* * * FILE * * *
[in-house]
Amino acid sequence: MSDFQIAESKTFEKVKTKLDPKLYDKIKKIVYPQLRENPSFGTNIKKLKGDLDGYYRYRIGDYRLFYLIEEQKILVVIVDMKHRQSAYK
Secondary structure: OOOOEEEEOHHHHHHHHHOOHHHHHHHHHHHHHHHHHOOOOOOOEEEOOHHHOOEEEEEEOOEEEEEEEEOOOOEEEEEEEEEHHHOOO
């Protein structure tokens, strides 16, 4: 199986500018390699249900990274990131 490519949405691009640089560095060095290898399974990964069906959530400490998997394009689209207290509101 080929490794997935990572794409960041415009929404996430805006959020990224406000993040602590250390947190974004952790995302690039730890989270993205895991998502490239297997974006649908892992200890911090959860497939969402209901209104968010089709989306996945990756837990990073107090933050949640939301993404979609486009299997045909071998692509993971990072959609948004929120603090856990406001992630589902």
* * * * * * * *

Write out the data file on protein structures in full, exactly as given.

[in-house]
Amino acid sequence: MSDFQIAESKTFEKVKTKLDPKLYDKIKKIVYPQLRENPSFGTNIKKLKGDLDGYYRYRIGDYRLFYLIEEQKILVVIVDMKHRQSAYK
Secondary structure: OOOOEEEEOHHHHHHHHHOOHHHHHHHHHHHHHHHHHOOOOOOOEEEOOHHHOOEEEEEEOOEEEEEEEEOOOOEEEEEEEEEHHHOOO
């Protein structure tokens, strides 16, 4: 199986500018390699249900990274990131 490519949405691009640089560095060095290898399974990964069906959530400490998997394009689209207290509101 080929490794997935990572794409960041415009929404996430805006959020990224406000993040602590250390947190974004952790995302690039730890989270993205895991998502490239297997974006649908892992200890911090959860497939969402209901209104968010089709989306996945990756837990990073107090933050949640939301993404979609486009299997045909071998692509993971990072959609948004929120603090856990406001992630589902």